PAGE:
Tamilnadu government calls Nissan’s claims ‘exaggerated’ and ‘not genuine’; Moves High Court

The Government of Tamilnadu (TN) is taking on Japanese automaker Nissan, which took the Government of India to the International Arbitration Court. The TN government has moved the Madras High Court, seeking to restrain Nissan from proceeding with international arbitration against the Indian government. According to the TN government, the claims made by Nissan are ‘exaggerated’ and ‘not genuine’.

Tamilnadu government calls Nissan’s claims ‘exaggerated’ and ‘not genuine’; Moves High Court

The TN government also contends that under the Indo-Japanese Comprehensive Economic Partnership Agreement (CEPA), Nissan cannot initiate arbitration proceedings as there is a case already pending in this matter between the TN Government and Nissan in the Madras High Court. The government is also saying that it didn’t sign the CEPA, and that the remedy to this issue instead lies in the the MoU that was signed between it and Nissan.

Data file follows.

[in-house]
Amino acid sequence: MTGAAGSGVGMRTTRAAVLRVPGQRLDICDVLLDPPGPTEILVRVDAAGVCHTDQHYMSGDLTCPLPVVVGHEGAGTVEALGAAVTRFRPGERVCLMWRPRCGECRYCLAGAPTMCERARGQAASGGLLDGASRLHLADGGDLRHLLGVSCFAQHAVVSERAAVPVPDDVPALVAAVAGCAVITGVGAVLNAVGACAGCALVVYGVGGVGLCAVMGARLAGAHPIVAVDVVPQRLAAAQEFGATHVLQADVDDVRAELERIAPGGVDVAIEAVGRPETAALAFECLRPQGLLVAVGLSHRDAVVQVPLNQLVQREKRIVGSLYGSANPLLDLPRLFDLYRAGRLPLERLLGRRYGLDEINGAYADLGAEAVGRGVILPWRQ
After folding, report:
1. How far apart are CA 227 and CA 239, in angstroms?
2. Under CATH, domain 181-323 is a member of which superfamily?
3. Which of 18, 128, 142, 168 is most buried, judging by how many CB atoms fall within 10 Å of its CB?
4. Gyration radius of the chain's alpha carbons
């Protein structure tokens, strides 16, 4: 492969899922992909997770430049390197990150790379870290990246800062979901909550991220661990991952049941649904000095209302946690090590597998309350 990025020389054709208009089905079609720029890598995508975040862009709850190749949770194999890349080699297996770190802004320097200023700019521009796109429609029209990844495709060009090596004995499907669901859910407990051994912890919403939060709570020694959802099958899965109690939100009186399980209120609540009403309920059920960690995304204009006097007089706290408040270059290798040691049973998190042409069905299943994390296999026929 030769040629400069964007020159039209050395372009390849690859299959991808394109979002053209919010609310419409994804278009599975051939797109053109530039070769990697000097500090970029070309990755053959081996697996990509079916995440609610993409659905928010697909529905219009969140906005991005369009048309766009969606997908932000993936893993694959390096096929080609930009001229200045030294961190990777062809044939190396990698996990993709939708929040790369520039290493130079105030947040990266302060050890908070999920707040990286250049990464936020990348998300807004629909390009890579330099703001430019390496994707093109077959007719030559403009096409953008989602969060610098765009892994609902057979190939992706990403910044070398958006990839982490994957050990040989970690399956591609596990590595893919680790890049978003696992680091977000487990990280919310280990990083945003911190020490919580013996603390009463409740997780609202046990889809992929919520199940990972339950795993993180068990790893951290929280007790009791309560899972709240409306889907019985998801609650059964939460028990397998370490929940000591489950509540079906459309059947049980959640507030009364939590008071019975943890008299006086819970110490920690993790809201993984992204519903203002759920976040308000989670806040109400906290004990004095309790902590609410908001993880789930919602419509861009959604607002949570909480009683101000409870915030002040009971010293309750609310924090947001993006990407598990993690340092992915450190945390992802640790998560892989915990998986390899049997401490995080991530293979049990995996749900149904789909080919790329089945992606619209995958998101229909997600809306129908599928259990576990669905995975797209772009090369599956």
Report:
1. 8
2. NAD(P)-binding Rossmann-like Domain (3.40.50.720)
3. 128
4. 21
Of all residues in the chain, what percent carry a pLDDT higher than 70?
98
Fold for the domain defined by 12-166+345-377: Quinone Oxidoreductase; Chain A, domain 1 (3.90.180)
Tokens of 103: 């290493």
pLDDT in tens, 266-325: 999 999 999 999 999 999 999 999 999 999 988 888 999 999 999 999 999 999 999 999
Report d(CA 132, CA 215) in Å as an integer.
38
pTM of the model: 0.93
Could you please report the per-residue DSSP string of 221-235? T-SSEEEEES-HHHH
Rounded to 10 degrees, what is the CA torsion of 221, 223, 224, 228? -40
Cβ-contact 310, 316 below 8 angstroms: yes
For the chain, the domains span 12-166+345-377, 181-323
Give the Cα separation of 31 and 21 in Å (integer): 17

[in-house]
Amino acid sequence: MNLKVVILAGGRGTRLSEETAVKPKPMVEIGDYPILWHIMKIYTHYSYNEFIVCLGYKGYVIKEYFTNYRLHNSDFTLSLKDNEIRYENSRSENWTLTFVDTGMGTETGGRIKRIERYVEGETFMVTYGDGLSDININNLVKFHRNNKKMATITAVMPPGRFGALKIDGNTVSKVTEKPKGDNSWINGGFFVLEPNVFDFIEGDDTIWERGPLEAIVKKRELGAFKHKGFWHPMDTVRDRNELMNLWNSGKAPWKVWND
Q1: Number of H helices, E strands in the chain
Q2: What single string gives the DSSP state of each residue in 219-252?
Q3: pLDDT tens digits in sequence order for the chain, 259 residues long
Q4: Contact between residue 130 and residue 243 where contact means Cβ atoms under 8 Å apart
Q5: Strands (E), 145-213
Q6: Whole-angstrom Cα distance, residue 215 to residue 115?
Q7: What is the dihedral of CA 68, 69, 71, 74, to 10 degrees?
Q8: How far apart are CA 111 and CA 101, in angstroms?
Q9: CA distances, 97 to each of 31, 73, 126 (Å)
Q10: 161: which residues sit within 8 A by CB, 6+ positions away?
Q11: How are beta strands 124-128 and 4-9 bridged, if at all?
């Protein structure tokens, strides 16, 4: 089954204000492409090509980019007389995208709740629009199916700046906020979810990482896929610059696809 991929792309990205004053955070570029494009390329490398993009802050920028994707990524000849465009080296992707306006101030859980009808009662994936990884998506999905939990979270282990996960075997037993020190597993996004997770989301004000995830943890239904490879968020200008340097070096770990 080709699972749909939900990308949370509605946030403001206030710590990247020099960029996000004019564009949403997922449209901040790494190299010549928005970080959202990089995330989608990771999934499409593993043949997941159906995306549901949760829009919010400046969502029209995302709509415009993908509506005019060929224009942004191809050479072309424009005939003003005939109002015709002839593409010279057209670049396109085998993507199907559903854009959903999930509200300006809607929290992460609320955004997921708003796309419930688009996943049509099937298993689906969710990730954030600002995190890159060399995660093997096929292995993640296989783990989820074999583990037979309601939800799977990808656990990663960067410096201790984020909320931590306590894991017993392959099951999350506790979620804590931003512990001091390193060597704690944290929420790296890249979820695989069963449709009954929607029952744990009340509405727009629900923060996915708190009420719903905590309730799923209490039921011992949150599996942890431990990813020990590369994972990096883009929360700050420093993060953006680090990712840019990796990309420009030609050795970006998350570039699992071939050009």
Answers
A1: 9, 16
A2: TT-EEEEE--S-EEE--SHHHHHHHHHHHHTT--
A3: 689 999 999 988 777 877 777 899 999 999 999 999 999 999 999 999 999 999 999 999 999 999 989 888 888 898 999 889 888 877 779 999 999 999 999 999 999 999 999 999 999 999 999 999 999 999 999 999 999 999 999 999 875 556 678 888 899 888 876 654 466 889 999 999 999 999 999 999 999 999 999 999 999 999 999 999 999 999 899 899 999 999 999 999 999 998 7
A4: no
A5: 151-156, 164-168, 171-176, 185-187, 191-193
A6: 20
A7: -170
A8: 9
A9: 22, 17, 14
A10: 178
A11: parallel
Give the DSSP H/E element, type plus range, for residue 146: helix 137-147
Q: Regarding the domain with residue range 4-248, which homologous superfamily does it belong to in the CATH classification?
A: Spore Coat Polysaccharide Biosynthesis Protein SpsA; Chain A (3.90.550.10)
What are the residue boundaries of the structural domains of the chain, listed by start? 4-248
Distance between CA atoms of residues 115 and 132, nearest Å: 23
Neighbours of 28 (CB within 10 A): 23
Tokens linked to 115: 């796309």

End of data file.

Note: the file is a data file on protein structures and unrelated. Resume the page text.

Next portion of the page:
Last year, Renault-Nissan CEO Carlos Ghosn had written to Prime Minister Narendra Modi, seeking his intervention in the tax dispute between his company and the TN government. Modi didn’t respond to the letter, following which Nissan decided to take the government of India to the arbitration court over the non-refund of taxes. Nissan is claiming US $ 770 million (nearly Rs. 5,000 crore) from the government.

The TN government, though its legal advisors, has made the following allegations against Nissan to the Madras High Court,

By changing the business model, the consortium was making an unlawful gain and reached the target (of incentives to be paid by government) within a short span of time and with undue benefits, which were all against the state’s interests. If at all the two companies are aggrieved…the remedy is to invoke clause 15 of the MoU and not CEPA…there are no obligations cast on the applicant (Tamil Nadu), under the agreement. The companies, with a view to coercing the applicant (Tamil Nadu), are taking all sorts of pressurising tactics by invoking the arbitration clause in CEPA to which the applicant is not a party.